Monday, February 16, 2015

10 Words For Today: Life and Death Matters

As part of a series on the 10 Commandments, I posted this sermon dealing with the 6th Commandment: you shall not murder.

Turpin United Methodist Church Sermon, Life and Death Matters

I want to offer up a couple of comments if you decide to watch:
1. There are some potentially offensive comments in this sermon. They are not offensive to persons directly. They are, however, potentially offensive to political opinions, choices that have been made in the past, and lifestyle choices. This sermon was not directed at anyone in particular. It was not meant to attack anyone's past or present choices. But I realize that it was hurtful to some. And it may be hurtful to still more who choose to listen to it.

2. If you don't like "shouting" style sermons, then pass this one up. When I am passionate about something, I raise my voice. I was not angry at any point of this sermon. My passion about the subject matter is great. I realize that some think that shouting preachers are a cliche or old fashioned and have no place in modern, civilized churches. I don't apologize for my style. I won't feel embarrassed for my passion for the gospel or the Lord I claim.

3. There is a point where a comment was made by a member of the congregation. It was a lighthearted comment that was intended in good spirit. The person who made the comment is someone very precious to me. I was not angry or disappointed or offended with her. She and I have the type of relationship where the comment would have been very appropriate if the tone of the sermon were different. I have approached the person and we are good.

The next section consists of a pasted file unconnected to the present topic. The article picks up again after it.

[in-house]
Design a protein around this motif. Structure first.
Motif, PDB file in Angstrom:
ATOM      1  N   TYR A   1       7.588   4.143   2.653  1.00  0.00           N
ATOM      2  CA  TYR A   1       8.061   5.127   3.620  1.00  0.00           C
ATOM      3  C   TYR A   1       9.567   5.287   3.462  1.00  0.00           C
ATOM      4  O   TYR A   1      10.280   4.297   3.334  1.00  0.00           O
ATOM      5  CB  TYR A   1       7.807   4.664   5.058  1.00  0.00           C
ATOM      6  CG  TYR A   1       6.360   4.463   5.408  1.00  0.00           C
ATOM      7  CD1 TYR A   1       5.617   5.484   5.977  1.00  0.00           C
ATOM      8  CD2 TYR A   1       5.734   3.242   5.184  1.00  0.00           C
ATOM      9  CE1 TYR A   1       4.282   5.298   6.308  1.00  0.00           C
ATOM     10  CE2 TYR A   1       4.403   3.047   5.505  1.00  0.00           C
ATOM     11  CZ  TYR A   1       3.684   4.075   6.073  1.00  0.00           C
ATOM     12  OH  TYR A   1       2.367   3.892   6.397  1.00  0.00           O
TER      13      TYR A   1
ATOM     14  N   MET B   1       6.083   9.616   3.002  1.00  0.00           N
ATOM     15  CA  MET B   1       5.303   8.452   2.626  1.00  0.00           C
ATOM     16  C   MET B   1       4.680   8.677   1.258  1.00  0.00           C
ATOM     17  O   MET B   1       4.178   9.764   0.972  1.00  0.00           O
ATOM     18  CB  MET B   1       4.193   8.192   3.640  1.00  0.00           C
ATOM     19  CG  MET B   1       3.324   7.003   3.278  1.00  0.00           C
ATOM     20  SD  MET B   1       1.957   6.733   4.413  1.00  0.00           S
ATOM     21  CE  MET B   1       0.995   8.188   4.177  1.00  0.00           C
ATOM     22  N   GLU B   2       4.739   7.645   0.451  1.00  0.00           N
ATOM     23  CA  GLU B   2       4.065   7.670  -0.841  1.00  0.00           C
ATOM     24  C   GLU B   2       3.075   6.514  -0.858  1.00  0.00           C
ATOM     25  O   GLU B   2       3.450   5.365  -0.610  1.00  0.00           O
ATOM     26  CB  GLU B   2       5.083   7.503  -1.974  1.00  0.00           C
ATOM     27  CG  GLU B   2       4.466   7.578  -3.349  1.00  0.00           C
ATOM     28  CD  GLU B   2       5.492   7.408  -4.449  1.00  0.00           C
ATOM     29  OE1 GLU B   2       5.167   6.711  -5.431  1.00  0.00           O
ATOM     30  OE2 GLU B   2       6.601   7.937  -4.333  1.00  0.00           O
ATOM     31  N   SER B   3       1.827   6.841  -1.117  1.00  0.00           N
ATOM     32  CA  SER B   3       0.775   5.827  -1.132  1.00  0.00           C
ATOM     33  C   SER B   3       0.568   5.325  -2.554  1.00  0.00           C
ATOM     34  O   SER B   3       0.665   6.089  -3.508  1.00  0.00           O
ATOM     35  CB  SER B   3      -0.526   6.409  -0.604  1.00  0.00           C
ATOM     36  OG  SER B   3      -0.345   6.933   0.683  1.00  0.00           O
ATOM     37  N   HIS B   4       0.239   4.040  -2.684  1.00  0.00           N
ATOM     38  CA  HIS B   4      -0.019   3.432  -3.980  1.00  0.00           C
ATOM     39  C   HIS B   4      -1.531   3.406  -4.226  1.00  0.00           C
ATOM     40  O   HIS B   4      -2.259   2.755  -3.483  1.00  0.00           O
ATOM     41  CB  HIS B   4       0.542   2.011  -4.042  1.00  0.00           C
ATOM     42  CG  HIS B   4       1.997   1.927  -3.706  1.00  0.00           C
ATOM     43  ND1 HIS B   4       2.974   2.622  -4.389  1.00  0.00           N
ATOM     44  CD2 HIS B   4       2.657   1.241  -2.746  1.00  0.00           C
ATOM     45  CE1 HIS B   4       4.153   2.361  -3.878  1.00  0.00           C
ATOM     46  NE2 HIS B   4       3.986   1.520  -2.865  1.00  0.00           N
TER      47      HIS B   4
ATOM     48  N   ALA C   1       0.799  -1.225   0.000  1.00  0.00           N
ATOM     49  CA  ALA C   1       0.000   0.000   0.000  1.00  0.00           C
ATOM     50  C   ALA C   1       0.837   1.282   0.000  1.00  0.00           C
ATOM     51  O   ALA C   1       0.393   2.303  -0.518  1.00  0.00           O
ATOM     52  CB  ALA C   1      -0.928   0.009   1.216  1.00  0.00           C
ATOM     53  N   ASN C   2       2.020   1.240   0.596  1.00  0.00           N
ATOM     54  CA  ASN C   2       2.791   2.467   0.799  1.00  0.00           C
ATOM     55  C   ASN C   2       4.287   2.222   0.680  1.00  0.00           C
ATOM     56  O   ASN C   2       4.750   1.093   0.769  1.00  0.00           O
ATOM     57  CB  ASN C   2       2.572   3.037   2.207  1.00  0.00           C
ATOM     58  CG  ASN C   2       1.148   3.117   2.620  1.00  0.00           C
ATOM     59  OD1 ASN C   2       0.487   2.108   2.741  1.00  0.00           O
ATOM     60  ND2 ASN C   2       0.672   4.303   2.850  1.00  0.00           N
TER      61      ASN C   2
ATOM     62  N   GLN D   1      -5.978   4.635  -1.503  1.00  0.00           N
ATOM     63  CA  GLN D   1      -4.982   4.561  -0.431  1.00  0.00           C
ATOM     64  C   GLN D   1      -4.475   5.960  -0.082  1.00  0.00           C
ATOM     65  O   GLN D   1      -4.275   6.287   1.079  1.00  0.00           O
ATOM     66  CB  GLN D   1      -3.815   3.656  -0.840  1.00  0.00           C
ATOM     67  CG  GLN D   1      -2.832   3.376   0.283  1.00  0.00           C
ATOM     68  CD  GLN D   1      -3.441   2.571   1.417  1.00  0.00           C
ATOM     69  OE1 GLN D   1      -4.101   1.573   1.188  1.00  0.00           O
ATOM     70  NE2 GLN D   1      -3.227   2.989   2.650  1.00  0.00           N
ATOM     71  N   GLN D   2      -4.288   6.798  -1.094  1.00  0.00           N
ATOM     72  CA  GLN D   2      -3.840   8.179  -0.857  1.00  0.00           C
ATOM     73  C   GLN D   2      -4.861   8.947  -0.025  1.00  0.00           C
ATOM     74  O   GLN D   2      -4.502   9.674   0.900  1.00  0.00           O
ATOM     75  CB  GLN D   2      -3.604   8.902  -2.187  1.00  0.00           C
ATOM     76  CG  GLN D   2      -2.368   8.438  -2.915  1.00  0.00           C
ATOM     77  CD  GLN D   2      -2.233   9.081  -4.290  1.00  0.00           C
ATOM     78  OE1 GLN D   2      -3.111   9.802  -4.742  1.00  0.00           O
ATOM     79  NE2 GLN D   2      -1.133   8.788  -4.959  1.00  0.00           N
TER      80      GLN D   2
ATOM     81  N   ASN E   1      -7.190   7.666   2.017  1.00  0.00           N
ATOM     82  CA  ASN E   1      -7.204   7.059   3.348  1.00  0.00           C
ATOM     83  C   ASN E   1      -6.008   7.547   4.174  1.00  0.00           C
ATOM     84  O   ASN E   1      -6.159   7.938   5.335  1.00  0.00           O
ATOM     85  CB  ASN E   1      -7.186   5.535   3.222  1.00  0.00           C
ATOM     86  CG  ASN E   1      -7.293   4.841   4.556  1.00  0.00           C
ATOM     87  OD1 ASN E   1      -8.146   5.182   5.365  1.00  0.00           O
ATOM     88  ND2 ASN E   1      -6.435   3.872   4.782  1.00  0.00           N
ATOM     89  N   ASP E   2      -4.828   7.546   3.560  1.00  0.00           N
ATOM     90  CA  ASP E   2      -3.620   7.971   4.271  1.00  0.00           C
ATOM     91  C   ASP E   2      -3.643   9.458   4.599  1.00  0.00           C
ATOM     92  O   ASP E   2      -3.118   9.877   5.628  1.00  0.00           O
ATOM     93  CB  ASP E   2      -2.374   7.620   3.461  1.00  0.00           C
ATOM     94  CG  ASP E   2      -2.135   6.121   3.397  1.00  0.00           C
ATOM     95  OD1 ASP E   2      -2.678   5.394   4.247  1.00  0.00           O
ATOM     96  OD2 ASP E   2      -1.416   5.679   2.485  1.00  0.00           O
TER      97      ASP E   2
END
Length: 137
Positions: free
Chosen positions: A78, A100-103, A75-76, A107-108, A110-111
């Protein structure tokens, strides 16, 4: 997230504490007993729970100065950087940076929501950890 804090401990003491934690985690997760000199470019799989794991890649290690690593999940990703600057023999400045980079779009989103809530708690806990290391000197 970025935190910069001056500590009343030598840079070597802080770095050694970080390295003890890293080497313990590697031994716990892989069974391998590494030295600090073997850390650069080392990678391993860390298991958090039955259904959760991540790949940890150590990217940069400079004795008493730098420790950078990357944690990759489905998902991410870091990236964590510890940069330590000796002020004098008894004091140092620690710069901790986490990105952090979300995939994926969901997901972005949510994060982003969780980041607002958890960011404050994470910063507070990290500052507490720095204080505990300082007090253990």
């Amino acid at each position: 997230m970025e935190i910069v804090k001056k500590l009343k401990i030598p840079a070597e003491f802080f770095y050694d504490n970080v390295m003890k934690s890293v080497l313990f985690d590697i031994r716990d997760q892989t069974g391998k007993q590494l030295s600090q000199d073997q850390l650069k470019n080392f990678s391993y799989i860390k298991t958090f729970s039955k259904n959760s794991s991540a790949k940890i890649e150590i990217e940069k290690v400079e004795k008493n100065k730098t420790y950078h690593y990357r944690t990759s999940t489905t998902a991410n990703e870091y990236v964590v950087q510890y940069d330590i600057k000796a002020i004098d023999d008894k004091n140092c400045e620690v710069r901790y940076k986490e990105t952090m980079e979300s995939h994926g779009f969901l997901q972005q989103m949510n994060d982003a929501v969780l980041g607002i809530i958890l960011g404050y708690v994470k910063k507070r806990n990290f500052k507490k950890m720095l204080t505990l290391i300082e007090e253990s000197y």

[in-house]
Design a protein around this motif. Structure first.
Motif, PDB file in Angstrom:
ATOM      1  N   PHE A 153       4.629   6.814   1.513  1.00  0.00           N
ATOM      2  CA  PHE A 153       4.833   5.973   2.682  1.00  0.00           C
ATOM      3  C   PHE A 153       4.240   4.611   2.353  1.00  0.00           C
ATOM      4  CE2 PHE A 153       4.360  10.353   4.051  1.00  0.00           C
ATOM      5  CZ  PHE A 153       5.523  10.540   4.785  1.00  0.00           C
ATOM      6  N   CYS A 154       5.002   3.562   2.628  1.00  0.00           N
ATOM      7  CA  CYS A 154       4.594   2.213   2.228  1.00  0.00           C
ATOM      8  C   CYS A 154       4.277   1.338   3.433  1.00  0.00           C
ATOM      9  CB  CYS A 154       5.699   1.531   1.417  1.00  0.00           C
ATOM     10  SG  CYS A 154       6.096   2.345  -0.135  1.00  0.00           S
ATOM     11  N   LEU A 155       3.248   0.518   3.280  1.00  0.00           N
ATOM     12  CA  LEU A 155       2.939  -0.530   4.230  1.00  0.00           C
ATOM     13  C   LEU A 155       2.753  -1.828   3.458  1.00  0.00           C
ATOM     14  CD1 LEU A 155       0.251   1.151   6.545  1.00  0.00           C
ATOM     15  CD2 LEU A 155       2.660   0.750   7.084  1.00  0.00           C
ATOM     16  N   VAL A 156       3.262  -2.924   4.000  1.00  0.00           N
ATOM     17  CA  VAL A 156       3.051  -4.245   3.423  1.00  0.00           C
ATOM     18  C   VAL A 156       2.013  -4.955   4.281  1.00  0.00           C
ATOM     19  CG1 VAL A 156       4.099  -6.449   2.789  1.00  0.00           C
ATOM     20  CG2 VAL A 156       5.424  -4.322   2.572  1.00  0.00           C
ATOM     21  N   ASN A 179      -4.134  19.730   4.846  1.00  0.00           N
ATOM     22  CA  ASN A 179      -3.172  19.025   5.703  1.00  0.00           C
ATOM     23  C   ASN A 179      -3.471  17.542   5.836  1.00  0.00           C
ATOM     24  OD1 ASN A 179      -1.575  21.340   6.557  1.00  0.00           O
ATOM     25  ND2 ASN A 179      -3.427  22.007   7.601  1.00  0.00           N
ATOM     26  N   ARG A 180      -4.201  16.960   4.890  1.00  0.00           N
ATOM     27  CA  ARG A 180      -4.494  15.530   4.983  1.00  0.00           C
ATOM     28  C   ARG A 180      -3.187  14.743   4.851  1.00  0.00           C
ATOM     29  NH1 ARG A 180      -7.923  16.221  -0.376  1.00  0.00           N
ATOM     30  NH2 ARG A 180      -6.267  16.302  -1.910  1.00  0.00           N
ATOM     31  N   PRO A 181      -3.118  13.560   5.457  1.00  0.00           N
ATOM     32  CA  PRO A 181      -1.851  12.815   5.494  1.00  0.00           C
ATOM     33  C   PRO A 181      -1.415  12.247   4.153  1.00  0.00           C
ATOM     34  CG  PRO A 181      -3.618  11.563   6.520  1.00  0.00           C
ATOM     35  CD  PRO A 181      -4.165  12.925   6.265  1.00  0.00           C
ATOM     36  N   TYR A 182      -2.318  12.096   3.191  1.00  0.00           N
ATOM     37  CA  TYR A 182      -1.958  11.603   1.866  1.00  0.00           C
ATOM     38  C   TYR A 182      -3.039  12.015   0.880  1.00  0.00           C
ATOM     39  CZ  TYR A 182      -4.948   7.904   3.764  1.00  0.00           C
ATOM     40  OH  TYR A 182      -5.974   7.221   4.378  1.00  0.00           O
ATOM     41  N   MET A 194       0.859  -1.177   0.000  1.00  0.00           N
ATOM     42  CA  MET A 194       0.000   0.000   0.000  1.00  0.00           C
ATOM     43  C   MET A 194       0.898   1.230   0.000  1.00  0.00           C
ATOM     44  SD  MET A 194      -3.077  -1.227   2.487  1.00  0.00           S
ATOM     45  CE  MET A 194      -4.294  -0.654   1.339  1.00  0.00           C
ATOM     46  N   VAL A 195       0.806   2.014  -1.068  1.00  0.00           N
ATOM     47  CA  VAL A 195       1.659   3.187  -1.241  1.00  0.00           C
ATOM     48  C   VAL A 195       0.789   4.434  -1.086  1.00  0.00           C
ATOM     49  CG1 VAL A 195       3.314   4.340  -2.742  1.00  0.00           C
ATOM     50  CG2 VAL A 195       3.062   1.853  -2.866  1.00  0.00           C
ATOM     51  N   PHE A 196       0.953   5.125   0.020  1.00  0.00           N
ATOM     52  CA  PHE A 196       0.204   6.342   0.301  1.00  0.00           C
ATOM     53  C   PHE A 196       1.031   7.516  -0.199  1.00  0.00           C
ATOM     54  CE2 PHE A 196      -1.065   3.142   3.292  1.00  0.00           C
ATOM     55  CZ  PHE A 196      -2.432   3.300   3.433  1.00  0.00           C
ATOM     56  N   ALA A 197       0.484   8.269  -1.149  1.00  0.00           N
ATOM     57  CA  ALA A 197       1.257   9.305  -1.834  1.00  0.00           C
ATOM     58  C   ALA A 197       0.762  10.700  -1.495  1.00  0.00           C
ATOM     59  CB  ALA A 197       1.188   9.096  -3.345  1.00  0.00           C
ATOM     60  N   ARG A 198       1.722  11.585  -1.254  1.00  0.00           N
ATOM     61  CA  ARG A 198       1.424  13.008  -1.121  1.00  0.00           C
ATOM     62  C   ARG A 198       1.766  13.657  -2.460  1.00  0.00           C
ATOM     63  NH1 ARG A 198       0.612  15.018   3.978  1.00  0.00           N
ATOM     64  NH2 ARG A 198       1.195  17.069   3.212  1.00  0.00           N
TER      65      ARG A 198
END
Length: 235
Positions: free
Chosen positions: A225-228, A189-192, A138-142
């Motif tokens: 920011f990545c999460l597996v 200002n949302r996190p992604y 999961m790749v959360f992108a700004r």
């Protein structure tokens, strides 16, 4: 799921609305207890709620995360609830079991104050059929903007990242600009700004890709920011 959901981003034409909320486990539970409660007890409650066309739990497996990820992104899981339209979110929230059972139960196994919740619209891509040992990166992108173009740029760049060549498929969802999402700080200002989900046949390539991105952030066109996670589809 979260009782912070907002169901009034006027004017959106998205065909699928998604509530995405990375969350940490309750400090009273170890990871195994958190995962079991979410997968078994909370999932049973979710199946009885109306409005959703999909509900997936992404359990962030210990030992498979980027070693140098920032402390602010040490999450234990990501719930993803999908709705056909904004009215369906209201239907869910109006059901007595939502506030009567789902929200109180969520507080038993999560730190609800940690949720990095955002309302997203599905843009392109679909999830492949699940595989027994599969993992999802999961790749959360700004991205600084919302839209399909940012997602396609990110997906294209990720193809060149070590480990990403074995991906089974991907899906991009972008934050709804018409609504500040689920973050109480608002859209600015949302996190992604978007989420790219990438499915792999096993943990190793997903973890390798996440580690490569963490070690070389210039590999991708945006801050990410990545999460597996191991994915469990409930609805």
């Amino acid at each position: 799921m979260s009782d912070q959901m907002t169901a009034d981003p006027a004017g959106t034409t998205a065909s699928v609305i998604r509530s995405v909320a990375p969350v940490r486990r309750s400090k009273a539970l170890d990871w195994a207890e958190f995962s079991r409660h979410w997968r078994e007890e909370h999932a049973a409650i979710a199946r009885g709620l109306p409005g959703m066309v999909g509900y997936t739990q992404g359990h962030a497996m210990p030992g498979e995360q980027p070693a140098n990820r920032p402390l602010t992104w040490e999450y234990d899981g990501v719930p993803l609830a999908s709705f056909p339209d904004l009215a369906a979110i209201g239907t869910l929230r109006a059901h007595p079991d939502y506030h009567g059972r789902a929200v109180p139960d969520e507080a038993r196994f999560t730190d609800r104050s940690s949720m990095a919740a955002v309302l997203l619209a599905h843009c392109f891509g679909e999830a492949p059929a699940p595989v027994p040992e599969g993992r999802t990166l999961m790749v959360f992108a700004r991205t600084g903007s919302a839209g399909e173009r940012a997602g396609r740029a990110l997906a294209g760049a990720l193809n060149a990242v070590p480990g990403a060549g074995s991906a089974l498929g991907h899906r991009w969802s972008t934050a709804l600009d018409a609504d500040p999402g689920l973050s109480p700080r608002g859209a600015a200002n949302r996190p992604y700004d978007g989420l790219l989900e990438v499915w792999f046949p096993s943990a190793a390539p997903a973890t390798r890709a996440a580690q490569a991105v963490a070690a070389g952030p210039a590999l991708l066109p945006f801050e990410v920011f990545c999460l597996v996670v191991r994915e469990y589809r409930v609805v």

4. This is a sermon about an ideal. It is not a sermon that expects the reality to develop today. It is what the kingdom of God looks like, in my opinion. It is also a reflection upon where the church was in the beginning. There are plenty of revisionist histories of Christianity that want to claim that followers of Christ have been militaristic, violent, and destructive from the beginning. That is not the case. The New Testament and the first 250 years of the church experience shows considerable evidence that violence in any form was never appropriate for Christians.

5. You are free to disagree with me. You are free to challenge me on something you feel may be in error. But I ask that any disagreement or challenge be handled in a respectful way. I will not delete any comments, even if they do not show respect to myself, my professional opinion, or others. But I ask you to think about your comment before hitting "Comment".